Time's unfortunately pressed, so though I have books piling up from POKEMON YELLOW CABALLERO to Craig Thompson's GOODBYE, CHUNKY RICE, reviews will have to wait for a couple weeks. But I wanted to mention this week's most unusual book, Warren Ellis' AVAILABLE LIGHT (AIT/PlanetLar Books, 2034 47th Ave, San Francisco CA 94116; $24.95), a slender hardbound. Awhile back, Warren got a Visor palm computer, attached a tiny, fairly low-res digital camera to it, and started taking pictures. Turns out Warren has a good eye and, though the irresolution of some of the photos is frustrating, by and large the digital camera lends an otherworldly aspect to the shots; some look downright pre-Raphaelite. Each photo is faced by one of Warren's short original writings: autobiography, short-short story, fragment, essay. This could have been little more than a vanity project, but it turns into a fascinating view into Warren's mind and out through his eyes. If this is an example of what he can do beyond comics, I wish Warren would write more prose and get a professional camera. Worth a look, especially for Ellis fans.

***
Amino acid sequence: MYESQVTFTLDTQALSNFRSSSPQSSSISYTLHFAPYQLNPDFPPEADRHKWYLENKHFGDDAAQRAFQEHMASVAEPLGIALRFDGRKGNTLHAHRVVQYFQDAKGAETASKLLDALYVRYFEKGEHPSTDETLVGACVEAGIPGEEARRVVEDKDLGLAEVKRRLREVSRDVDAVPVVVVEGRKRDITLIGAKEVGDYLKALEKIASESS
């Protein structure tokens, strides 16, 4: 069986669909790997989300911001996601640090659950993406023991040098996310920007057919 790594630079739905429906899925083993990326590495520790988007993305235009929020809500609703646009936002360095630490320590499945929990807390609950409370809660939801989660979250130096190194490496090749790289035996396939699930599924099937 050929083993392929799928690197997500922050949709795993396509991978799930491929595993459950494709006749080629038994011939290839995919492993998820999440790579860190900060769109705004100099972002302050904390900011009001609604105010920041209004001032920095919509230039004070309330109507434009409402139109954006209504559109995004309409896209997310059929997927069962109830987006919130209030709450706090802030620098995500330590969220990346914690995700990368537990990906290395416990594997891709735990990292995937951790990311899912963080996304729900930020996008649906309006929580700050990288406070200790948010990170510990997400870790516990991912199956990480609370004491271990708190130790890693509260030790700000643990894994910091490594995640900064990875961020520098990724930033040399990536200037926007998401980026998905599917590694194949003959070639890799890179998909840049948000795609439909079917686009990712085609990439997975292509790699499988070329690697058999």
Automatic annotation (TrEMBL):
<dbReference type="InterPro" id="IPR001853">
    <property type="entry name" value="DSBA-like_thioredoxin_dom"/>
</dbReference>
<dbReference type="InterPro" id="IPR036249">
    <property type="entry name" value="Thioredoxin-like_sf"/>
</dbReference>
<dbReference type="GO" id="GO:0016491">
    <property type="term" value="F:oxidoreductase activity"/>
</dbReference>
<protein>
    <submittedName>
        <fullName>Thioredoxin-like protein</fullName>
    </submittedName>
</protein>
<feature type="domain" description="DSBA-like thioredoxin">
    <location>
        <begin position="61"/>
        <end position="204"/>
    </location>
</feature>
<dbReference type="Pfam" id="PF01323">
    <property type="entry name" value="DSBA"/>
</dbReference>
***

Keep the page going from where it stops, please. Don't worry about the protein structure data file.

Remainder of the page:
Next week, though, we feature A Very Special PERMANENT DAMAGE, so special it could win a daytime Emmy... (In keeping with this week's awards theme.) In the meantime – I've been meaning to mention this for weeks and keep forgetting – I still need picture postcards for my mystery project. The response has been very generous so far, but I still need a couple dozen more. Here are the parameters: standard straight-edged 6"x4" postcards, with scenery (without people in it), not art. Preferably without words on the front, but place names are okay. Send them to: Steven Grant c/o Permanent Damage, 2657 Windmill Pkwy #194, Henderson NV 89074. When I make my quota you get to find out what this was all about; I'll run the result here. For the price of a postcard and a stamp, you get to be part of the artistic process, and on top of that I'll appreciate it.